5e/Pathfinder: 3 Steps to Start GMing

Being the game master is a rough business. There’s a ton of rules, you never know where the players are going to go, and no one knows how things are going to turn out. Despite this, there is a yearning inside you to be the one that is not just a player in the story but the one telling the story. So here are our hints and tricks to help get you started in this new year as the game master.

1) Know that Everything Will Be Alright

More than anything else I can tell you, knowing that everything will be alright is the most critical step to being a game master. You are not running a giant multinational corporation; you’re just setting the getting in front of your friends for one evening and telling a story. You can do that, and you’ll be fine afterwards.

Put it another way: what is the worst that could happen? Will your friends stop being friends if the game goes poorly? Absolutely not. Will you completely flop, proving to the world that you are not fit to play a character, let along be the GM? Definitely not. Will you start a spiral of suckatude so great that it will form a trans-dimensional vortex that pulls in all matter from the universe, collapsing all of space and time around us? No. Even Bob in Accounting didn’t do that his first time GMing (no offense to anyone named Bob that works in accounting).

So what will most likely happen? Well you do great at some aspects and others will need improvement, just like everyone else. Ask your gamers afterwards to tell you what you did good and what needs improved. They’ll tell you. The parts that need improved, try harder next time. You can do this.

2) Ask Someone Else to be Your Rules Arbitrator

It can be really intimidating to have to know all the rules for every corner case, because you know there’s one gamer at the table that will try to find some loophole to do something crazy. That is where a rules arbitrator comes in. Ask a player you trust at the table to be the one says, “I’m sorry, Mike, but that is not allowed,” so you don’t have to make that call. This way, you can focus on the story.

Now there’s the critical part of that, make a note on that rule question and after the game ask the rules arbitrator to show you exactly where that rule is and explain to you exactly what it means. Then read that rules and all the rules around it since you probably missed them as well. This will help you be a better GM.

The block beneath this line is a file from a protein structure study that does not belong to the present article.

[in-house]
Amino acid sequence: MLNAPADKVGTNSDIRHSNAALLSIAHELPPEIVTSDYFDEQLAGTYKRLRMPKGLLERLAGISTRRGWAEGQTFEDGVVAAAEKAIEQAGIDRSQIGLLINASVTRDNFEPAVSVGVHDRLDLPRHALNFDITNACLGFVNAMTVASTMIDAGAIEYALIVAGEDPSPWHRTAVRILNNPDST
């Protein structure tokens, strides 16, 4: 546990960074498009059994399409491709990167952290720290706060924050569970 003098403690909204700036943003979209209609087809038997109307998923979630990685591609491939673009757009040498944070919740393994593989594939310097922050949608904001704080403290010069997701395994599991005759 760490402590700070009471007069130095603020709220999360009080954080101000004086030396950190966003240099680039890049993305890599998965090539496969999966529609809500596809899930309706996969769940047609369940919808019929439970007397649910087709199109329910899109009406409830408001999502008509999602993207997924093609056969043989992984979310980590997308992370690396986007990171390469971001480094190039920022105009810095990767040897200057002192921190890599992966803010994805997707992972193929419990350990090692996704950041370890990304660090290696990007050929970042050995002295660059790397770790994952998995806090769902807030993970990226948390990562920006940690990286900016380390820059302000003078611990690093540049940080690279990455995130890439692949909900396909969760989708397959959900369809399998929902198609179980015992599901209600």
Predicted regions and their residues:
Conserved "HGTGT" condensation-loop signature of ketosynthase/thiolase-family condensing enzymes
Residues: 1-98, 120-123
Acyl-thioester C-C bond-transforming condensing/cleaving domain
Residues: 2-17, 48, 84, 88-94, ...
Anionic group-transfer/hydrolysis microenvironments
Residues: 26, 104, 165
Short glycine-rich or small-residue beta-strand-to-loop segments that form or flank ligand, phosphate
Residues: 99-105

3) Use a Pre-Published Adventure

This is exactly why adventures are written: to help new or busy GMs with the story they want to tell. For your first game or two, run them as is, so you can see how it goes. As time goes on, vary up the adventures some: vary up a few monsters, add an NPC to connect it to one of the characters’ backstory, change the reason they are going on this adventure. Make the adventure your own.

The place to start is with short adventures, not a long campaign book or a full adventure path. First find out if you like GMing. Once you get the bug and want to do it more and more, then look at those longer campaigns.

You can find our collection of adventures right here at JonBrazer.com. I recommend starting with Deadly Delves: Along Came a Spider, available for both Pathfinder and Fifth Edition. It is a great 1st-level adventure to start off with involving a bunch of spiders taking over a town. If you like it, you can follow it up with Deadly Delves: Rescue from Tyrkaven, also available for Pathfinder and Fifth Edition. You can get these adventures today for 30% off their regular price with the “holiday2017” coupon code. Download these today, and run your first game. Take your first steps into a whole new world.

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